After last week’s jump in mortgage rates, mortgage applications decreased 7.1% week-over-week, according to the latest Weekly Mortgage Applications Survey for the week ending January 21, 2022 from the Mortgage Bankers Association (MBA).
The MBA’s Refinance Index decreased 13% from the previous week, and was 53% lower than the same week one year ago. The drop-off in refis could be as a result of the rapid rise again in mortgage rates, which hit 3.56% last week according to Freddie Mac.
In terms of measuring purchase apps, the MBA’s seasonally adjusted Purchase Index decreased just 2% from one week earlier. The unadjusted Purchase Index increased 5% compared with the previous week, and was 11% lower than the same week one year ago.
"All mortgage rates in MBA's survey continued to climb, with the 30-year fixed rate rising for the fifth consecutive week to its highest level since March 2020. The 30-year fixed rate is now 77 basis points higher than it was a year ago," said Joel Kan, MBA's Associate VP of Economic and Industry Forecasting. "Unsurprisingly, borrower demand for refinances subsided, with applications falling for the fourth straight week. After almost two years of lower rates, there are not many borrowers left who have an incentive to refinance. Of those who are still in the market for a refinance, these higher rates are proving much less attractive to them."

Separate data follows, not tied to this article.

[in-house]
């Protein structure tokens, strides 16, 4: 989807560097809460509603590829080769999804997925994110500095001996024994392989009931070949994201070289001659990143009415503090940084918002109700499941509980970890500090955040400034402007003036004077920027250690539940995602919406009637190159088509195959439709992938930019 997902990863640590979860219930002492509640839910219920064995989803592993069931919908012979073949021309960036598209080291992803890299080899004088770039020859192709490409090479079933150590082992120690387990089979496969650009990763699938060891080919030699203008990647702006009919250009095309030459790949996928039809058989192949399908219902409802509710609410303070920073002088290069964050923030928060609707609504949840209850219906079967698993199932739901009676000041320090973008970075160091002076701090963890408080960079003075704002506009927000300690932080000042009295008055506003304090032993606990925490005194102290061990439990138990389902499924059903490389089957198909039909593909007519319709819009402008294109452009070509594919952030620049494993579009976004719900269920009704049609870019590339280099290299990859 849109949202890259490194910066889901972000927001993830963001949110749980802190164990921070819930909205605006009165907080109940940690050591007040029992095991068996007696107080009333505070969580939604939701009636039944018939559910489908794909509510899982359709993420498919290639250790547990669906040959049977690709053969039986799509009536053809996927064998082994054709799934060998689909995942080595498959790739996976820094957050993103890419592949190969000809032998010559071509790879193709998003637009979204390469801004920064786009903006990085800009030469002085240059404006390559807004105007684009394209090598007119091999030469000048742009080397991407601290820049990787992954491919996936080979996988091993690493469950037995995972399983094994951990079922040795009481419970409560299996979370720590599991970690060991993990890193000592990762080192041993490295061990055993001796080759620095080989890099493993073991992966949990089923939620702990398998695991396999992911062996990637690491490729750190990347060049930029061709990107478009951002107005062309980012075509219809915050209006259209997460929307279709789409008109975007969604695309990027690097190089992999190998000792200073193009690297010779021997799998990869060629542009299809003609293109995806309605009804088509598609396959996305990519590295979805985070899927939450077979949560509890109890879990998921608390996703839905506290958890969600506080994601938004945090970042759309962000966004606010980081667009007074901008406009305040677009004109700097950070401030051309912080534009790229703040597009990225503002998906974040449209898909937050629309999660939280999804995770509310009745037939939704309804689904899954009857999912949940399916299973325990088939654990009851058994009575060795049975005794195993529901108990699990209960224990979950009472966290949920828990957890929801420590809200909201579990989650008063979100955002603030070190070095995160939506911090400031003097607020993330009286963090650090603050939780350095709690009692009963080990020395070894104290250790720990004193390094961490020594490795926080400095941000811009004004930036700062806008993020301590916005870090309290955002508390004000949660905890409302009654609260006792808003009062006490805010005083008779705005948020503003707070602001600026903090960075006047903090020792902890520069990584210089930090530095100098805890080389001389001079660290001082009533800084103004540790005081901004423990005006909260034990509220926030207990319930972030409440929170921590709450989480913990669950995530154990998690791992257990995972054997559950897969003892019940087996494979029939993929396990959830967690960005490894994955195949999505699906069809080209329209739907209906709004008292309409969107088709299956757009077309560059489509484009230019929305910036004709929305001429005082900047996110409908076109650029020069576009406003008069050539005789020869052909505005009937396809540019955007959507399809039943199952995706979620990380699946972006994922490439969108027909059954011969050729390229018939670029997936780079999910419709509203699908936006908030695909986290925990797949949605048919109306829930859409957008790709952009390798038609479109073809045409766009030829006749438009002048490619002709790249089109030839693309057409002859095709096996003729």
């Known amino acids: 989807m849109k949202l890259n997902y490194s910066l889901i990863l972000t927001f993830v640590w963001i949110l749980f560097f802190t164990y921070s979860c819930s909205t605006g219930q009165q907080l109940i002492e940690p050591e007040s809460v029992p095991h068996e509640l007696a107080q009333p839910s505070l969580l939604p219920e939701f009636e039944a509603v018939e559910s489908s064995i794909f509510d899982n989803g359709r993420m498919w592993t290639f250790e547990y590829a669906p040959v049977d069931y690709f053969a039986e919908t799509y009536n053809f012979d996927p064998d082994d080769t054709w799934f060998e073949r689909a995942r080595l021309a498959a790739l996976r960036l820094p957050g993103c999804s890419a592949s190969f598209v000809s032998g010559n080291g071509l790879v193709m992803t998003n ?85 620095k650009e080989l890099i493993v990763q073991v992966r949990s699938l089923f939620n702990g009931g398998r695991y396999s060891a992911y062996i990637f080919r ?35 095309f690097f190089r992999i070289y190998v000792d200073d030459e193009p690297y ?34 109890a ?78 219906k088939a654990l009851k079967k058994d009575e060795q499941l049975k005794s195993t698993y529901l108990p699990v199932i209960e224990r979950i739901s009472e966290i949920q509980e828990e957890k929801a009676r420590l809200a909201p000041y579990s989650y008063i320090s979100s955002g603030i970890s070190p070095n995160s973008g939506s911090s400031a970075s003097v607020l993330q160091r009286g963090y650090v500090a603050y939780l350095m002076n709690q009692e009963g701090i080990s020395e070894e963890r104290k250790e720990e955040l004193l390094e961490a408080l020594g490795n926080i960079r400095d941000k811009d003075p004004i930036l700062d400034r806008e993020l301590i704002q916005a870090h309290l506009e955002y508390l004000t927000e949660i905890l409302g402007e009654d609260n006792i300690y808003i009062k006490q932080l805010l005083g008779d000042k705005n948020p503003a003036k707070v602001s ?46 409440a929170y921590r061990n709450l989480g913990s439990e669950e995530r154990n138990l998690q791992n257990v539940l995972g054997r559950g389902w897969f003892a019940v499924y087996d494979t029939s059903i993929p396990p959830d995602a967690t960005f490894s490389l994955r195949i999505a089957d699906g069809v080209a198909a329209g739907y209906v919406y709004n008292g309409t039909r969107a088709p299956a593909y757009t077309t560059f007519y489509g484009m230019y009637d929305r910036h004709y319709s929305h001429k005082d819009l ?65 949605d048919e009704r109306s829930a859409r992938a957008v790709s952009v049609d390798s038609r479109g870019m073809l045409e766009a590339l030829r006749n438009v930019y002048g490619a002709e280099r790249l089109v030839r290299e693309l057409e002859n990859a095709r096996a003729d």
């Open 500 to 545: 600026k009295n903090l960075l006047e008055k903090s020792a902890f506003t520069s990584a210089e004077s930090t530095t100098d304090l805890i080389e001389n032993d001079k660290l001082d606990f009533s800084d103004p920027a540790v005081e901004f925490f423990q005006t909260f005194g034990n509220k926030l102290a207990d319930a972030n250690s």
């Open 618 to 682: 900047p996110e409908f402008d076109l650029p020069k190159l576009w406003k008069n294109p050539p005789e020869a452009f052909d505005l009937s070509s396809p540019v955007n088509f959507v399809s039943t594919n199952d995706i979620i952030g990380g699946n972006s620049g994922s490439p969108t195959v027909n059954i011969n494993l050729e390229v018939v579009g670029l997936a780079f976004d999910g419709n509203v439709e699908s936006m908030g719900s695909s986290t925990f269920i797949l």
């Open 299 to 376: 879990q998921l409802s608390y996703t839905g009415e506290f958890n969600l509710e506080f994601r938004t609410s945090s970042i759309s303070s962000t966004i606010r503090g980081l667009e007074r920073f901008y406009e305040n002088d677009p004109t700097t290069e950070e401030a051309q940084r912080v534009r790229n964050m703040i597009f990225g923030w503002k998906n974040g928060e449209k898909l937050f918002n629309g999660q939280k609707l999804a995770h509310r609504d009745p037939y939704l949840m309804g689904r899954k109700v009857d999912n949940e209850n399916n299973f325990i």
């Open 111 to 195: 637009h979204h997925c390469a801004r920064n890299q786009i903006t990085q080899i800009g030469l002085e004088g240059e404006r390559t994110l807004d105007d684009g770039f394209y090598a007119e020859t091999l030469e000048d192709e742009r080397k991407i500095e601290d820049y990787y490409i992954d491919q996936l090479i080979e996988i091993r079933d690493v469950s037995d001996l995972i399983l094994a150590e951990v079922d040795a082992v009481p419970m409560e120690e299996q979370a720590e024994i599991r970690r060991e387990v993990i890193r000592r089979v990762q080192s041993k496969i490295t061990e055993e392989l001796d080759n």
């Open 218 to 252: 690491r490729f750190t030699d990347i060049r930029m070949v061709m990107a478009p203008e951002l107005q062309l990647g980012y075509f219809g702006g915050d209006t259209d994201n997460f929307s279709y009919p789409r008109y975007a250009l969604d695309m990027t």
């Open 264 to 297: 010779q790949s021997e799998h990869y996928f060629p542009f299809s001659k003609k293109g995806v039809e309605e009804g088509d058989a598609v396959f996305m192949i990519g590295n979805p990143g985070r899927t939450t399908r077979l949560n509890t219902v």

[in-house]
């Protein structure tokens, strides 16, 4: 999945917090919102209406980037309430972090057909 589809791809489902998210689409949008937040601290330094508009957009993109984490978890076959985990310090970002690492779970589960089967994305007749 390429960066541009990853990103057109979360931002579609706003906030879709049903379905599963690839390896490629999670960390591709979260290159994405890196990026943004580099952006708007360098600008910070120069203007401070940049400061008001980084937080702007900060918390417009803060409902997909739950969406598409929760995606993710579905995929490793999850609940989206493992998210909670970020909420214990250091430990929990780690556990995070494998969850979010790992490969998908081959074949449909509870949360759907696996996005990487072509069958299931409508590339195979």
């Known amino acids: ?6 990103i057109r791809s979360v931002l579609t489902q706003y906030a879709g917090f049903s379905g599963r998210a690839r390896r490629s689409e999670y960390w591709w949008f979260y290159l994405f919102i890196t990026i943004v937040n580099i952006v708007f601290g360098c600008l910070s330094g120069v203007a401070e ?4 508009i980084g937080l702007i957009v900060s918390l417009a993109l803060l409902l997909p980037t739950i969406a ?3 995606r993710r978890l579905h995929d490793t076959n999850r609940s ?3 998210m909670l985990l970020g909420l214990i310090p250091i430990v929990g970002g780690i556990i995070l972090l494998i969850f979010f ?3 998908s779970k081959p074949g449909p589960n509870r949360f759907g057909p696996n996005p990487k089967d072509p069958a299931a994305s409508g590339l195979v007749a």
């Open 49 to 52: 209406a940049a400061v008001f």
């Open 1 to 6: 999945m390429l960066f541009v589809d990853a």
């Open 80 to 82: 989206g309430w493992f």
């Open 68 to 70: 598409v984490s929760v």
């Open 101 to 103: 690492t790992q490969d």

The refinance share of mortgage activity decreased to 55.8% of total applications from 60.3% the previous week. The adjustable-rate mortgage (ARM) share of activity increased to just 4.4% of total applications.
By loan type, the FHA share of total applications decreased to 8.6% from 9.3% the week prior. The VA share of total applications decreased slightly to 9.9% from 10.0% the week prior, while the USDA share of total applications increased slightly to 0.5% from 0.4% the week prior.
The Fed did decide to hold steady on rates, citing a strong economy and solid employment numbers, the continued lack of inventory and rise in prices serve as a barrier for many into homeownership.
For the month of November, First American found that real house prices increased by 21% year-over-year.
"The decline in purchase activity was led by a 5% drop in government applications, compared to a modest less than one percent decline in conventional applications,” said Kan. “The relative weakness in government purchase activity continues to contribute to higher loan sizes. The average purchase loan size was $433,500, eclipsing the previous record of $418,500 set two weeks ago."